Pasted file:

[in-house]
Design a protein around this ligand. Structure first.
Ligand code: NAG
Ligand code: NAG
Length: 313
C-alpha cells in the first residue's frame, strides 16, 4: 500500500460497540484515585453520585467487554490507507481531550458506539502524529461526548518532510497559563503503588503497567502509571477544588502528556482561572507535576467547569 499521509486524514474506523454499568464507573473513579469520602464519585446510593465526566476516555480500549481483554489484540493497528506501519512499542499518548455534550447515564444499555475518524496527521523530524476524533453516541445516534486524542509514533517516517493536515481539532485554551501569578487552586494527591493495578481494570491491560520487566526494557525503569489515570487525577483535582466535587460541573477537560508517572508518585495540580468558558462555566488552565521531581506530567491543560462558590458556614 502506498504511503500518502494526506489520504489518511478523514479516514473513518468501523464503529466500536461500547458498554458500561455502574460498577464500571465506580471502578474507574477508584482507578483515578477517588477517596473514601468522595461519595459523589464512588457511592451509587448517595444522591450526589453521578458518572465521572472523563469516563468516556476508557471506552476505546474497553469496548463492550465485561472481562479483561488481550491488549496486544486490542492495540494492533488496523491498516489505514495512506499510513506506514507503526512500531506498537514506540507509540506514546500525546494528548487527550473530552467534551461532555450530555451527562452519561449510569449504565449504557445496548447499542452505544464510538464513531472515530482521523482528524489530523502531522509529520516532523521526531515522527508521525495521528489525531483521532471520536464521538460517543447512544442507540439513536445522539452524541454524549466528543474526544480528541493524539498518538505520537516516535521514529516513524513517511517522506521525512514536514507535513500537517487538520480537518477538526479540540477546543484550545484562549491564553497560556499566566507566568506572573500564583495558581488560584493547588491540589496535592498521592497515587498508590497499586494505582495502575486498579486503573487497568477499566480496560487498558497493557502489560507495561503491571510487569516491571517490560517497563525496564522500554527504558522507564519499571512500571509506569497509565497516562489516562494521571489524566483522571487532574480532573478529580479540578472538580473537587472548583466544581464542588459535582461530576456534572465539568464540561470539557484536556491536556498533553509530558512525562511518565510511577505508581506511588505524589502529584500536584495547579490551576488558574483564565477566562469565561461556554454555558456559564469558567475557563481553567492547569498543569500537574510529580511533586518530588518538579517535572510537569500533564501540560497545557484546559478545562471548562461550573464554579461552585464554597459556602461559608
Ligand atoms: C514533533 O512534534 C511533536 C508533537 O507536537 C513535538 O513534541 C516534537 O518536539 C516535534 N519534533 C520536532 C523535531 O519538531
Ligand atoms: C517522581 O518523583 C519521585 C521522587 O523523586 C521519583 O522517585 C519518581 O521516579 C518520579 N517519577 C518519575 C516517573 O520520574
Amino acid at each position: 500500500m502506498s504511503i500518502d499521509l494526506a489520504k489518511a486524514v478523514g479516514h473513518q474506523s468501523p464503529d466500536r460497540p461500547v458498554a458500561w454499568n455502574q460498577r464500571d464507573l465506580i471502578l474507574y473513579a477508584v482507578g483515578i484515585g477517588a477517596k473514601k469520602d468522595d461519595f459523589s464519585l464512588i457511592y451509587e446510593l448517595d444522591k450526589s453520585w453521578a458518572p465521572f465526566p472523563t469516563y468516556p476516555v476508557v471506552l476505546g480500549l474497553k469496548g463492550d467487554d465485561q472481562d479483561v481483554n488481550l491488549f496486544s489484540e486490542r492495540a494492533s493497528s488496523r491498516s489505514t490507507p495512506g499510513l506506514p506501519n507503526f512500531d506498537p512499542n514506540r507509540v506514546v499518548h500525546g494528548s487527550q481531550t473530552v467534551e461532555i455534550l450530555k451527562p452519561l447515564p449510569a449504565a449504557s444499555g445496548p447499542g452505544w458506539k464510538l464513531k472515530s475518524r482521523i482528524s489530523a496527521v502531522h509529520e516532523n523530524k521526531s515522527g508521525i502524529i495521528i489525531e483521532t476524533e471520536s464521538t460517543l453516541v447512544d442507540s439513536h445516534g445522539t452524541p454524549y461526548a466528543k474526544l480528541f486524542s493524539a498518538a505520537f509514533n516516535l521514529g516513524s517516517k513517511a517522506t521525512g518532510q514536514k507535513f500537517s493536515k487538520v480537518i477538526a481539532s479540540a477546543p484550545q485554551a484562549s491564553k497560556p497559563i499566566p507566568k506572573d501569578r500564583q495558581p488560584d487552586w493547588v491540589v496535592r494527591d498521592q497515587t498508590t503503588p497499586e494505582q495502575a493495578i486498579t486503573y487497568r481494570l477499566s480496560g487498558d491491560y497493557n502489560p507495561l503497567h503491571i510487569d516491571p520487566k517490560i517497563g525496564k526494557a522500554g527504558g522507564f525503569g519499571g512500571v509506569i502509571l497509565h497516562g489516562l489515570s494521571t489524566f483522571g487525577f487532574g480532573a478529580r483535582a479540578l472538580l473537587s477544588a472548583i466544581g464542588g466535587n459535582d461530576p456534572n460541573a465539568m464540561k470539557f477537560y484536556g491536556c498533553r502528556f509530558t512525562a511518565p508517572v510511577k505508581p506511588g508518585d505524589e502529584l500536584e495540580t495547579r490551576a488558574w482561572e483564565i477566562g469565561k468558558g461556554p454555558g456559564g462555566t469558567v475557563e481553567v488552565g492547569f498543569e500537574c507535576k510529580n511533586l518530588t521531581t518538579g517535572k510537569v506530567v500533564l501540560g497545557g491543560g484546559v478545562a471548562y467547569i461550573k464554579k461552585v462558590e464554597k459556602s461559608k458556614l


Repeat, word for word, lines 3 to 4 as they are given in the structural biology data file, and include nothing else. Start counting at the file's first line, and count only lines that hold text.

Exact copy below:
Ligand code: NAG
Ligand code: NAG